Stockley civil case still closed, but judge considers reopening case
ST. LOUIS – A federal judge is reconsidering whether to reopen a previously settled wrongful death suit against a former St. Louis police officer.
On December 20, 2011, Jason Stockley shot and killed Anthony Lamar Smith, 24, at West Florissant and Acme after a mile-long chase through the area.
Stockley was eventually charged with murder in the case. He was acquitted on September 15, 2017.
Smith’s family filed a civil suit against the St. Louis Metropolitan Police Department before the murder trial began. The family settled the case out of court for $900,000.
The federal judge is now weighing the option to reopen the case because he said the attorney for Smith’s family did not have access to DNA evidence at the time, our news partners at the St. Louis Post-Dispatch reported.
Earlier Wednesday, it was reported that the judge had, in fact, reopened the case. However, the Clerk of Court at the US District Court in downtown St. Louis released a statement Wednesday afternoon, clarifying that judge was only considering such action.
I am writing you due to your interest in reporting on the above-styled case. I am including appropriate and current information on the case. You may wish to check this information against any previous reports you have issued. Please contact me if you have further questions.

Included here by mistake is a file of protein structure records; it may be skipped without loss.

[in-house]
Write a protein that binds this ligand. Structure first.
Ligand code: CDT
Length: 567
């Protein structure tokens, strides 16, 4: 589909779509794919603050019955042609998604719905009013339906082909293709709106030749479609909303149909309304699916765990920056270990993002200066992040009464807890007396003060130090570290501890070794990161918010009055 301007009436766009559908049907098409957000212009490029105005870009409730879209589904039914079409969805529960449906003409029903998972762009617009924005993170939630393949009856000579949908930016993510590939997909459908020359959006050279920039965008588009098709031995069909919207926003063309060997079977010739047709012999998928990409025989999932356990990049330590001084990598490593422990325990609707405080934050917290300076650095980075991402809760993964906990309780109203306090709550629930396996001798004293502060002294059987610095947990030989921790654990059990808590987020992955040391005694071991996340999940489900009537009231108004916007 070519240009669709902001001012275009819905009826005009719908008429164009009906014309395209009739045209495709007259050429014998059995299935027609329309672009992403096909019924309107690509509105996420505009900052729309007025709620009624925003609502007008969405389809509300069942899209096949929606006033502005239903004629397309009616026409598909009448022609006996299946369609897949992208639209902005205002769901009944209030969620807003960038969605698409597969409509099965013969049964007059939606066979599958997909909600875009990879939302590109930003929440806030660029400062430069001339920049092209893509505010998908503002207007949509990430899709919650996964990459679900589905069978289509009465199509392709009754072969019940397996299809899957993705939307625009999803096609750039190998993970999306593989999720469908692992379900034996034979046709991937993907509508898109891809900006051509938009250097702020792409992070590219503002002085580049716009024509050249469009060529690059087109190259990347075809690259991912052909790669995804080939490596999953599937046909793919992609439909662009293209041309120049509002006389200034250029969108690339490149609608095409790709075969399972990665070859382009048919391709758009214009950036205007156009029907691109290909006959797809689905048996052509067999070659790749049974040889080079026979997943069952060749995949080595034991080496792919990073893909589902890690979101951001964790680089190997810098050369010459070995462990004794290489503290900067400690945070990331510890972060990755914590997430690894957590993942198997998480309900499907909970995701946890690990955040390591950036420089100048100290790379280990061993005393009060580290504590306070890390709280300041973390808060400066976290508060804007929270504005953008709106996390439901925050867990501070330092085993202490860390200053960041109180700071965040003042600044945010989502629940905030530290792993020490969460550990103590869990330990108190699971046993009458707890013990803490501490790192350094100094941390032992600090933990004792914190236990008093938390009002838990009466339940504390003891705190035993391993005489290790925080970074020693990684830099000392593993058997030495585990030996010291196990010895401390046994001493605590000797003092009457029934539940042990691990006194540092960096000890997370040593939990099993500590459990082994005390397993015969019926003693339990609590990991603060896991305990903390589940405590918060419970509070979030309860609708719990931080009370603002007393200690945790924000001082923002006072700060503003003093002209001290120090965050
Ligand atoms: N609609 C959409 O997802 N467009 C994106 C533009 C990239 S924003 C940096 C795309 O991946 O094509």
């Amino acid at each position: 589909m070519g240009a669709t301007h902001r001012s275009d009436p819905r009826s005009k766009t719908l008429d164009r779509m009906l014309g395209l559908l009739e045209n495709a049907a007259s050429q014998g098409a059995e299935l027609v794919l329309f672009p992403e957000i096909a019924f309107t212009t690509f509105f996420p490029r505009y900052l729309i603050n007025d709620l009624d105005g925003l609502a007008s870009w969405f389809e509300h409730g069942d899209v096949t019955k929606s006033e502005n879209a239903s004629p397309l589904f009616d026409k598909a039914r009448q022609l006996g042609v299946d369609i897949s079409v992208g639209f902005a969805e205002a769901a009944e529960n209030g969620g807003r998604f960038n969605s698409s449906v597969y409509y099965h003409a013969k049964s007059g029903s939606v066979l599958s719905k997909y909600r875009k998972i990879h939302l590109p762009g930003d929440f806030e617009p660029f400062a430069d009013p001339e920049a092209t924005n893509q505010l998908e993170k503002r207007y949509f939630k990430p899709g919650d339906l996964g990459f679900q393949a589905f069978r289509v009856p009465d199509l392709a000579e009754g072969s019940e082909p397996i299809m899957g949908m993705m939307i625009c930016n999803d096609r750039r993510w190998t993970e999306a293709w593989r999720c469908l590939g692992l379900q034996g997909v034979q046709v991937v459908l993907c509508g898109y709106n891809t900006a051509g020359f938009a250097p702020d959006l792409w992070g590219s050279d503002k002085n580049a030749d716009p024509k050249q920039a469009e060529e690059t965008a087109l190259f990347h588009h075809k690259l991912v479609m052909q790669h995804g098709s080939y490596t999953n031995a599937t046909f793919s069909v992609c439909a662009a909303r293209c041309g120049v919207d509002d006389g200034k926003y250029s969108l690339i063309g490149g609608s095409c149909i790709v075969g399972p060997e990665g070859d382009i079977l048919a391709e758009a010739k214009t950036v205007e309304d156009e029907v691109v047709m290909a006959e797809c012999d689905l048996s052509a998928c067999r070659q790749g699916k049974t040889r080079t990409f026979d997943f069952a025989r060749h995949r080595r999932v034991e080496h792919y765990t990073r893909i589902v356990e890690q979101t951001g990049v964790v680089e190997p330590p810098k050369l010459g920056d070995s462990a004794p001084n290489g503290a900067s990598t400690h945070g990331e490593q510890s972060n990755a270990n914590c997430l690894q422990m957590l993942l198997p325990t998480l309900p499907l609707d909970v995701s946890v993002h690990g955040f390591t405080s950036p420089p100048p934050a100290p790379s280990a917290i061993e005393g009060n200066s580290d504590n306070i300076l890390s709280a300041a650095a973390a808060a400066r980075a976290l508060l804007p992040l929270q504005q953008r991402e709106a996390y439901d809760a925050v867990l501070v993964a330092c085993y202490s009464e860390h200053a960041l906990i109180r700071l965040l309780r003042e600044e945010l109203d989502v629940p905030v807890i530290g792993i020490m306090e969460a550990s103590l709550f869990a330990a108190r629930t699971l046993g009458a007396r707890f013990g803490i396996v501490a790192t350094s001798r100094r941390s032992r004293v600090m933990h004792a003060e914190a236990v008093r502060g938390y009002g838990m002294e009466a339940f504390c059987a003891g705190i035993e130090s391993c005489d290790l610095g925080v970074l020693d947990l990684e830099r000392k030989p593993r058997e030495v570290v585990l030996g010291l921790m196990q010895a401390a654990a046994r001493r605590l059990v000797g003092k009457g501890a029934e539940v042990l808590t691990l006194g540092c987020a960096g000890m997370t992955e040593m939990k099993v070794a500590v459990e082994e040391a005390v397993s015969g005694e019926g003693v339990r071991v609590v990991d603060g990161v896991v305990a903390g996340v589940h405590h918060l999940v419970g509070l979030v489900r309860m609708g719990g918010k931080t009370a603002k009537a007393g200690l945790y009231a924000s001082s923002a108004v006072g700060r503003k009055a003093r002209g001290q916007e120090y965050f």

On March 27, 2018, the Court held a telephone conference with counsel of record regarding a pending Motion to Reopen Case/Motion for Sanctions/Motion for Order to Show Cause [ECF No. 104]. Although a motion is pending in the case, the case remains closed. The Court has permitted counsel of record additional time to provide the Court with a scheduling plan relating to the pending matters. That plan is due on April 3, 2018. A formal hearing is not scheduled before the Court on that date.
Gregory J. Linhares
Clerk of Court
United States District Court – Eastern Missouri
During the criminal trial, prosecutors alleged that Officer Stockley shot into Smith’s car at Riverview and Thekla in St. Louis then he and his partner, who was driving the SUV, chased Smith at speeds over 80 miles per hour. During the pursuit, the defendant is heard on an internal police car video saying “Going to kill this m/f, don’t you know it.”
As Smith’s car was slowing to a stop, Stockley was heard telling the other officer to “Hit him right now,” at which point the driver slams the police SUV into the victim’s car. Stockley approached Smith’s car on the driver’s side and shot five times into the car, striking Smith with each shot. He died as a result of the gunshot wounds. A gun was recovered from the victim’s car but was later determined by lab analysis to have only Stockley’s DNA on it.
St. Louis Police first requested that the U.S. Attorney’s Office review the case in 2012. Evidence was gathered, but no charges were filed. In March 2016, SLMPD Internal Affairs investigators contacted the St. Louis Circuit Attorney’s Office to review the matter with additional evidence developed by both the department and the FBI.
Protesters took to the streets for the next several days following the acquittal.